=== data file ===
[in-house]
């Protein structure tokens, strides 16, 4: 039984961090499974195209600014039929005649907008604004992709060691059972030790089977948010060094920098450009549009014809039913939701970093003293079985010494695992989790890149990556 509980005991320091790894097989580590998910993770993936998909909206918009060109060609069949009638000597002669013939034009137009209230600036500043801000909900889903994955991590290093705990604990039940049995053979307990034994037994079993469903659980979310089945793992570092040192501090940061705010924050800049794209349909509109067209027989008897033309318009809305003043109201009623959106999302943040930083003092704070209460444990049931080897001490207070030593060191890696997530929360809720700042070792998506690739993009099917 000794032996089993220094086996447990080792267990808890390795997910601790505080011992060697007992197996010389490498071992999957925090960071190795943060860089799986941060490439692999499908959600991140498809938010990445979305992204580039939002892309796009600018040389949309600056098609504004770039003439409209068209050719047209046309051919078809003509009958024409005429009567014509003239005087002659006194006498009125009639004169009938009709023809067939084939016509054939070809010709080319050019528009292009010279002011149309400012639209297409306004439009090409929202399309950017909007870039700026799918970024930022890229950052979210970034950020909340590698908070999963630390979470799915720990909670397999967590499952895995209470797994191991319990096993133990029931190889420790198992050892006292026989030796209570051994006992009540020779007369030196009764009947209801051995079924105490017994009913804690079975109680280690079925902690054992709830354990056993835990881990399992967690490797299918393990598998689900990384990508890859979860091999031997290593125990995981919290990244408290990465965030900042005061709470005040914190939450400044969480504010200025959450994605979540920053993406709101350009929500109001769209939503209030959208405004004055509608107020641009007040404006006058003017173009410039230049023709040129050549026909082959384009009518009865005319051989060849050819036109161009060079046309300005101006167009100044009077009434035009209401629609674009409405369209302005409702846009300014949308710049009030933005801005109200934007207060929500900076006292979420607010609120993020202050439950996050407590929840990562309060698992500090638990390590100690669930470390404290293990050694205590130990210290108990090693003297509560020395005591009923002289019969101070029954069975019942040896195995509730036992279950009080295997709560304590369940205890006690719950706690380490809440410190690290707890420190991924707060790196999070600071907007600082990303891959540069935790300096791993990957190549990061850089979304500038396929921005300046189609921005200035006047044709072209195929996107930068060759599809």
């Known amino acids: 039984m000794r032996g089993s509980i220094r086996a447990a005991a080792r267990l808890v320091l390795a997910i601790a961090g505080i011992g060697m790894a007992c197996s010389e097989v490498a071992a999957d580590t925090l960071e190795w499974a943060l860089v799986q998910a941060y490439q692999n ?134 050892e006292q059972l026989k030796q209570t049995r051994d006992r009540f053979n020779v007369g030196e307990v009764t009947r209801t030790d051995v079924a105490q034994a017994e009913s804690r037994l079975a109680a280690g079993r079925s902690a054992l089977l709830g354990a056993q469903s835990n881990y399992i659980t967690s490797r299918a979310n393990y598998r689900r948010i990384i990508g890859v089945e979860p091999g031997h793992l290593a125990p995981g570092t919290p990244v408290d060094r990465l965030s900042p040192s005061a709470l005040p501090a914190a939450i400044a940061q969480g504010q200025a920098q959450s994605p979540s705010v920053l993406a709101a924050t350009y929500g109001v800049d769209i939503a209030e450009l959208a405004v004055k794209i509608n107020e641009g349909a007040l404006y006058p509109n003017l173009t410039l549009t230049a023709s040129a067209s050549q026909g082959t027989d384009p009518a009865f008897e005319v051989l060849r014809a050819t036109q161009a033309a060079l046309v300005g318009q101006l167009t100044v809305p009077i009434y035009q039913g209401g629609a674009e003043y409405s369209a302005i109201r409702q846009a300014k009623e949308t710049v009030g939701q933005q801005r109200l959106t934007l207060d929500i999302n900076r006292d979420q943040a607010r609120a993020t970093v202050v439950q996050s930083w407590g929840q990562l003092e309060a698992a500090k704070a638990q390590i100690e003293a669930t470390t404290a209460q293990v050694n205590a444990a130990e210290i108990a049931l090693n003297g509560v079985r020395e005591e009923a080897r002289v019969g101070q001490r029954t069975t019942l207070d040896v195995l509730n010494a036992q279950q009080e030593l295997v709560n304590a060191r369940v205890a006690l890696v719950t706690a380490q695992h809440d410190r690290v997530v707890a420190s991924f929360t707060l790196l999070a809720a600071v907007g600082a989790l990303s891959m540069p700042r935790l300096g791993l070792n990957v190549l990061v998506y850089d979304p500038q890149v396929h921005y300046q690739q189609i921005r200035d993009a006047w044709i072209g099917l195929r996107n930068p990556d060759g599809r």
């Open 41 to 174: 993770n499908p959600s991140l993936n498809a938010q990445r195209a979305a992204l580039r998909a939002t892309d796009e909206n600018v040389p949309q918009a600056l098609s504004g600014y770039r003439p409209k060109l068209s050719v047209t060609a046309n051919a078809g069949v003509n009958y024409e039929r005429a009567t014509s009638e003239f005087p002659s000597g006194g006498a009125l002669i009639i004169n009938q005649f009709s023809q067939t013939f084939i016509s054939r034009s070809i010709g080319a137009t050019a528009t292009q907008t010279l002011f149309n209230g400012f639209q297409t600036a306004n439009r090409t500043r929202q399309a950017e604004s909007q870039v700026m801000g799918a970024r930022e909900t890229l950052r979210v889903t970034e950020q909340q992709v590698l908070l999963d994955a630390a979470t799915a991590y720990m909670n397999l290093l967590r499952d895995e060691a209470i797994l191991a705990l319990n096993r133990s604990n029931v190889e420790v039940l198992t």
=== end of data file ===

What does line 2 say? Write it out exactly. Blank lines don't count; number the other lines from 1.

């Protein structure tokens, strides 16, 4: 039984961090499974195209600014039929005649907008604004992709060691059972030790089977948010060094920098450009549009014809039913939701970093003293079985010494695992989790890149990556 509980005991320091790894097989580590998910993770993936998909909206918009060109060609069949009638000597002669013939034009137009209230600036500043801000909900889903994955991590290093705990604990039940049995053979307990034994037994079993469903659980979310089945793992570092040192501090940061705010924050800049794209349909509109067209027989008897033309318009809305003043109201009623959106999302943040930083003092704070209460444990049931080897001490207070030593060191890696997530929360809720700042070792998506690739993009099917 000794032996089993220094086996447990080792267990808890390795997910601790505080011992060697007992197996010389490498071992999957925090960071190795943060860089799986941060490439692999499908959600991140498809938010990445979305992204580039939002892309796009600018040389949309600056098609504004770039003439409209068209050719047209046309051919078809003509009958024409005429009567014509003239005087002659006194006498009125009639004169009938009709023809067939084939016509054939070809010709080319050019528009292009010279002011149309400012639209297409306004439009090409929202399309950017909007870039700026799918970024930022890229950052979210970034950020909340590698908070999963630390979470799915720990909670397999967590499952895995209470797994191991319990096993133990029931190889420790198992050892006292026989030796209570051994006992009540020779007369030196009764009947209801051995079924105490017994009913804690079975109680280690079925902690054992709830354990056993835990881990399992967690490797299918393990598998689900990384990508890859979860091999031997290593125990995981919290990244408290990465965030900042005061709470005040914190939450400044969480504010200025959450994605979540920053993406709101350009929500109001769209939503209030959208405004004055509608107020641009007040404006006058003017173009410039230049023709040129050549026909082959384009009518009865005319051989060849050819036109161009060079046309300005101006167009100044009077009434035009209401629609674009409405369209302005409702846009300014949308710049009030933005801005109200934007207060929500900076006292979420607010609120993020202050439950996050407590929840990562309060698992500090638990390590100690669930470390404290293990050694205590130990210290108990090693003297509560020395005591009923002289019969101070029954069975019942040896195995509730036992279950009080295997709560304590369940205890006690719950706690380490809440410190690290707890420190991924707060790196999070600071907007600082990303891959540069935790300096791993990957190549990061850089979304500038396929921005300046189609921005200035006047044709072209195929996107930068060759599809």